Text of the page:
Skip Vichy, Make a Pilgrimage to Paris for the Free Sparkling Water Fountains

Parisians have yet again cornered the market on being effortlessly chic: City officials just installed public fountains dispensing free bubbly water in each and every arrondissement.

The public sparkling water fountains are a community initiative to “encourage residents to stay hydrated and reduce plastic waste,” according to Vogue. An experimental program in 2010 received such positive feedback that Paris just expanded the government initiative, installing at least one sparkling water fountain in a local park or green space in each of the 20 arrondissements (or neighborhoods) around the fashionable French metropolis.

Liberty, egalite, free eau pétillante!

Antique illustration of a Ozouf apparatus for fizzy water production. Original, created by Javandier and Hildibrand, was published on L’Eau, by G. Tissandier, Hachette, Paris, 1873

(Image credit: marzolino/Shutterstock)

Far from frivolous, our thirst for carbonated water has hit peak saturation and is now a $2 billion and growing industry globally — the ecological impact of which is growing just as significantly, thanks to all those cans and bottles of fizzy water.

Daniel Birnbaum, CEO of best-selling do-it-yourself seltzer brand SodaStream (which sells 3 million units annually, the majority of them in Europe) recently told Fortune that “the rise of premium brands of bottled carbonated waters is the biggest marketing and advertising scam of all time” and extraordinarily wasteful in an ecological sense.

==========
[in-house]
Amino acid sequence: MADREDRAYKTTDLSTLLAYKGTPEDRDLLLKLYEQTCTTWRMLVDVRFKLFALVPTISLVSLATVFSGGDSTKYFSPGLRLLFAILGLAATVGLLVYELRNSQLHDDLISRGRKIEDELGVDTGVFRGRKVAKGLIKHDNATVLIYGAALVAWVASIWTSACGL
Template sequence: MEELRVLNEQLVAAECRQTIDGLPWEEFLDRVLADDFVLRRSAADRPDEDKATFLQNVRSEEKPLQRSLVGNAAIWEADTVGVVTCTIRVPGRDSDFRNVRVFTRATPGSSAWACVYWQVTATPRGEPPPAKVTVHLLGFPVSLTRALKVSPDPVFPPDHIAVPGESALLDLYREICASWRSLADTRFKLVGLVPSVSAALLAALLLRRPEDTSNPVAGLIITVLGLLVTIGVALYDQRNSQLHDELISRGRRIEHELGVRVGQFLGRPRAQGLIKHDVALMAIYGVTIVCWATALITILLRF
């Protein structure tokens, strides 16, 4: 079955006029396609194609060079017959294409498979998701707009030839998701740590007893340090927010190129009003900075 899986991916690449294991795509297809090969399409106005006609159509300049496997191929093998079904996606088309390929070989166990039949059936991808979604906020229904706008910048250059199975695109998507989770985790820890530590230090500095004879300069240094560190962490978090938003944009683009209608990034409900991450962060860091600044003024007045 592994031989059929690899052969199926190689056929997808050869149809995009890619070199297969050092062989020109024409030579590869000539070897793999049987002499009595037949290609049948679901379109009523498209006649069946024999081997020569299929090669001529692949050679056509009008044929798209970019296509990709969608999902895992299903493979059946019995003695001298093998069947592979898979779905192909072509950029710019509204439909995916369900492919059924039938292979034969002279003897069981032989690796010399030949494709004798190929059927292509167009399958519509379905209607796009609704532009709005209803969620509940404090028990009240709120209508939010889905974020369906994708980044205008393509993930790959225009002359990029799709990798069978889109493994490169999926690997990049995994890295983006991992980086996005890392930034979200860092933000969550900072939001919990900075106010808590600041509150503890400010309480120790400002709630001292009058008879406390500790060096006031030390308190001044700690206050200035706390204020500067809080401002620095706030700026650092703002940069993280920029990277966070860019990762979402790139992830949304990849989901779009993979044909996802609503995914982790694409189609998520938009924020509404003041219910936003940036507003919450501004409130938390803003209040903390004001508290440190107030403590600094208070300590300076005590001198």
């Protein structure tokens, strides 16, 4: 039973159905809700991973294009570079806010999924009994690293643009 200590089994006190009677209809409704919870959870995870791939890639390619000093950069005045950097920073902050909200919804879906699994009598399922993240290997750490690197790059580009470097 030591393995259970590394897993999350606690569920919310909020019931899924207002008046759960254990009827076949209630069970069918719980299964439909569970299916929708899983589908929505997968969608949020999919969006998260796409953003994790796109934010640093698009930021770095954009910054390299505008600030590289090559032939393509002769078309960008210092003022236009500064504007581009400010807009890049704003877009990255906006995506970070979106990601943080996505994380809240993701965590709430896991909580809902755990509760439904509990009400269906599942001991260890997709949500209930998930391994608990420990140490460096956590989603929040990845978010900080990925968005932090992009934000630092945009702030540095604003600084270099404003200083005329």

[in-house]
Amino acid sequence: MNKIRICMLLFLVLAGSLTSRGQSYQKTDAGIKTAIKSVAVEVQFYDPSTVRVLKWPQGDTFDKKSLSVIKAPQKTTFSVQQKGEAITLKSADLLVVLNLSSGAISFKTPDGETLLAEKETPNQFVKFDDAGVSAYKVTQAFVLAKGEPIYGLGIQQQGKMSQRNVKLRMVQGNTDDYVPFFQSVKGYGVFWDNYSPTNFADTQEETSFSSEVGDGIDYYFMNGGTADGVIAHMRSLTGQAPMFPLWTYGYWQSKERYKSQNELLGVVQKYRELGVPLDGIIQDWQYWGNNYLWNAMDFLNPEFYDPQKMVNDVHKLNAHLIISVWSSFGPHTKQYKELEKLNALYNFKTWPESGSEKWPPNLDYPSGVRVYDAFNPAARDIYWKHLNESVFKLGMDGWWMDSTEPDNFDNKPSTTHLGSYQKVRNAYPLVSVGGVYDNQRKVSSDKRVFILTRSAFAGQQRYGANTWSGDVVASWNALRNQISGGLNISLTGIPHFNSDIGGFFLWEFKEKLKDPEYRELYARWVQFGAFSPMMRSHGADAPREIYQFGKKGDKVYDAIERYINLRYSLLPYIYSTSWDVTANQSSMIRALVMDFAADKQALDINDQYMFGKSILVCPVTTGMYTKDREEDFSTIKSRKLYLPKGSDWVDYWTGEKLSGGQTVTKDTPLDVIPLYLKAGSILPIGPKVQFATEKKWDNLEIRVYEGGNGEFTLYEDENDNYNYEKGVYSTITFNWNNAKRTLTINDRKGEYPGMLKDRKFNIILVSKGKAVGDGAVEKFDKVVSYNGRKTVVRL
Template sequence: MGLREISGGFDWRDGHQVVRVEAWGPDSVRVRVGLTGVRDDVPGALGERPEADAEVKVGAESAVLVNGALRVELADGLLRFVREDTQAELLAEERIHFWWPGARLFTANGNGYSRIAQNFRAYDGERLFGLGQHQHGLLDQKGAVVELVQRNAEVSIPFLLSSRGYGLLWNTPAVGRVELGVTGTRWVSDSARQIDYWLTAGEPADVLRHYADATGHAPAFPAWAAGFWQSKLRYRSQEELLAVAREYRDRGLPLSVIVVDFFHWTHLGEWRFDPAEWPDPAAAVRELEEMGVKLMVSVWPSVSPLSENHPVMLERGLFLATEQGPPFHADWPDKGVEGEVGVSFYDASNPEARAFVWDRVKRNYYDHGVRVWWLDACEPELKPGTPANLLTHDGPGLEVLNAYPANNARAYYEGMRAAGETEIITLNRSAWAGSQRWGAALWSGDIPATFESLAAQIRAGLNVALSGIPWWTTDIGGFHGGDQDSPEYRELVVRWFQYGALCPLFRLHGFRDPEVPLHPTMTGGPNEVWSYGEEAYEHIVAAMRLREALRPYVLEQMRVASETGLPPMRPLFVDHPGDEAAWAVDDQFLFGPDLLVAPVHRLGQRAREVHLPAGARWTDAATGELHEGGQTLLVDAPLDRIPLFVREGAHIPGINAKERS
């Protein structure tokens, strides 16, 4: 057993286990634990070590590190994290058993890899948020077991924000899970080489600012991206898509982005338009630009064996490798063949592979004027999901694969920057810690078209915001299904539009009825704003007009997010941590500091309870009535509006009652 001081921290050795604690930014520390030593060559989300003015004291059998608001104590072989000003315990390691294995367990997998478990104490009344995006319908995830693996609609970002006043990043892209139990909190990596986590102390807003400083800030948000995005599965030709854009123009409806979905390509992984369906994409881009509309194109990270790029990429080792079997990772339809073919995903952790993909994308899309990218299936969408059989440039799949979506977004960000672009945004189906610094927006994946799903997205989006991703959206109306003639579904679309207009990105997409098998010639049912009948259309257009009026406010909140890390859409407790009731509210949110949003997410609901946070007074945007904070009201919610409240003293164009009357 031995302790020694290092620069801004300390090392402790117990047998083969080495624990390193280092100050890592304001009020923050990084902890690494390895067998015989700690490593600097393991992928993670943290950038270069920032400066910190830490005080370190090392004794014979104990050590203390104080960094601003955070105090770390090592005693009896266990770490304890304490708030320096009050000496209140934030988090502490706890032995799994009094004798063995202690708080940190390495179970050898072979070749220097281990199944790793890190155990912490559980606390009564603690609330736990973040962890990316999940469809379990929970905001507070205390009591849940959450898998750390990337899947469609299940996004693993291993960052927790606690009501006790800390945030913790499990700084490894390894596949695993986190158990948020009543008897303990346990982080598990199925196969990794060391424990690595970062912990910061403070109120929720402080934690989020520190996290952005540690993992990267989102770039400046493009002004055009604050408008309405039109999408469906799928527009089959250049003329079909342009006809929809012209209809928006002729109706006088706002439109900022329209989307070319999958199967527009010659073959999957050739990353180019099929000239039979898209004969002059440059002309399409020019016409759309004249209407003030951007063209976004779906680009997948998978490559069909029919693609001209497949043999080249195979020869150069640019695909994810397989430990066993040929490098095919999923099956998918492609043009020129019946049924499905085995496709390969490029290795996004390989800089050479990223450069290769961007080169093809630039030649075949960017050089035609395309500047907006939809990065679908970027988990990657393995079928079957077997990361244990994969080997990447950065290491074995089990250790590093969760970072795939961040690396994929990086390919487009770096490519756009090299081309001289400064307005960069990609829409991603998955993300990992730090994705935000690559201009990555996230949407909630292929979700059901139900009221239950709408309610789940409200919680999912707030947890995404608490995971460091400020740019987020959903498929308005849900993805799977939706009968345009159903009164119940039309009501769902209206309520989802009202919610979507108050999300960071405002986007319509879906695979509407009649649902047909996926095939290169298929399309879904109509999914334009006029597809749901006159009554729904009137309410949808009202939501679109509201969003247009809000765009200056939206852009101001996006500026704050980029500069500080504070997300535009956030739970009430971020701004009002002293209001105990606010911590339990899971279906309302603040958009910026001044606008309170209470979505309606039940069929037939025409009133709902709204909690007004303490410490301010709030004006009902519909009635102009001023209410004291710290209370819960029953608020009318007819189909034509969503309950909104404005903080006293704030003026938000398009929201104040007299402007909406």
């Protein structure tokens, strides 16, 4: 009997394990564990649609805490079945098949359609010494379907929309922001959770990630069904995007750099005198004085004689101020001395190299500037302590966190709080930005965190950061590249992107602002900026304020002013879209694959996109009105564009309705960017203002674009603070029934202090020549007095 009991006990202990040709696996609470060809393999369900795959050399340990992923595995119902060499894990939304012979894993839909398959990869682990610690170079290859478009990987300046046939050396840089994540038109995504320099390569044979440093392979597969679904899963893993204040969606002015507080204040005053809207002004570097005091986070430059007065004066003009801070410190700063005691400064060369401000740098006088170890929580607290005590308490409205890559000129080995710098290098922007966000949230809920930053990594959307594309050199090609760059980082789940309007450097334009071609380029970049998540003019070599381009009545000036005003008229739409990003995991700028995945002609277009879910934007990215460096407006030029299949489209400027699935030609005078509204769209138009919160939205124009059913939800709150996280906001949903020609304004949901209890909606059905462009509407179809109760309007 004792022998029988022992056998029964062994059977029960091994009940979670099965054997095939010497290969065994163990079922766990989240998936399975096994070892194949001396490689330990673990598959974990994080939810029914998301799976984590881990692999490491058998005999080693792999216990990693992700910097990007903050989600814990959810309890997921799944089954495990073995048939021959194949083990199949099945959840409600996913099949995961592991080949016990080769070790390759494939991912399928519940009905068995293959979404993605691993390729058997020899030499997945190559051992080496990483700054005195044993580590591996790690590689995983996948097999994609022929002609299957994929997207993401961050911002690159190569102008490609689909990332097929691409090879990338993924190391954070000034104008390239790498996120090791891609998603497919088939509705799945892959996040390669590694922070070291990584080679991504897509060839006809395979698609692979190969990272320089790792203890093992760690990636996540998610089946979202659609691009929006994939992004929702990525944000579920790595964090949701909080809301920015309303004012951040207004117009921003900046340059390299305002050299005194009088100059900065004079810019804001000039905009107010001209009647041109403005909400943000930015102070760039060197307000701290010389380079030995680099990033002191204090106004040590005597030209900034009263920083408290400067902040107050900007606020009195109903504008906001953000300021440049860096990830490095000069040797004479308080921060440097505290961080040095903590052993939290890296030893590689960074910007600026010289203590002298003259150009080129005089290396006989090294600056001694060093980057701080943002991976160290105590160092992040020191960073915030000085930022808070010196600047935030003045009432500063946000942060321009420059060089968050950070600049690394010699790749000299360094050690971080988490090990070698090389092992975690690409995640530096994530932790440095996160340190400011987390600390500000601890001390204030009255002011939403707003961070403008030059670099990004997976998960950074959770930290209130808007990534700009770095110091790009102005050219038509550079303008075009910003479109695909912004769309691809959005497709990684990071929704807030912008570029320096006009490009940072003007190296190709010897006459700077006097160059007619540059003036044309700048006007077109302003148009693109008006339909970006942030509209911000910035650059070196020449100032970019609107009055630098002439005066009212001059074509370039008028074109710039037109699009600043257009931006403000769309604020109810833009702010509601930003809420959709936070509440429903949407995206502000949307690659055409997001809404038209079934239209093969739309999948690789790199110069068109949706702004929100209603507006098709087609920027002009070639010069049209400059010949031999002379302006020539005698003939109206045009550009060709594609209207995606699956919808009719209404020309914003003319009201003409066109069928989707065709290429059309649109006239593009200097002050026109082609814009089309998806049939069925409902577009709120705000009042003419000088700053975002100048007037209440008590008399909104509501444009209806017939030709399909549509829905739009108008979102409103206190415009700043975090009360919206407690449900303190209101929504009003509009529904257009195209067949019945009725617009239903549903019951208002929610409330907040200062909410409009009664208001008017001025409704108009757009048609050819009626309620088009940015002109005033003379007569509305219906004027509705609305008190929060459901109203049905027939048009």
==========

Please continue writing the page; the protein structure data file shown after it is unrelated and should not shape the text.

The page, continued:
While the fountains themselves (peeped here on Instagram) might not look nearly as pretty as one would expect considering the product and, well, Paris, the content output is still sure to make your travel picnic next level stylish, as well as more affordable and more sustainable.

Just how big a business is our thirst for sparkling water? Consider this:

Topo Chico, the ubiquitously salty mineral water from Mexico beloved by Texans for generations, was recently bought by Coca-Cola for $220 million, as Eater reports. Back in June, the Internet just could not with the news that two iconic 1980s sparkling water brands — Clearly Canadian and New York Seltzer — announced they were coming back to market thanks to venture capital investments, according to Food & Wine. In the Northeast, the annual announcement of new Polar Seltzer flavors is as anxiously anticipated as the release of beaujolais each November in France — expanding their reach nationally this year with “mythically-inspired limited edition flavors,” says Delish. And, of course, La Croix has reached total Instagram saturation, “catapulting from near-oblivion to cult status in the matter of a couple of years,” says Business Insider.

The French — while maybe best known for their fashion and food — have also been early and often major players in the smart cities and sharing economy movements. They also cornered the market on being known for their water in Vichy several centuries ago, so this latest civic investment and innovation is in some ways just another logical matter of pride and public access to natural resources for the famously organic French.

h/t LA Times

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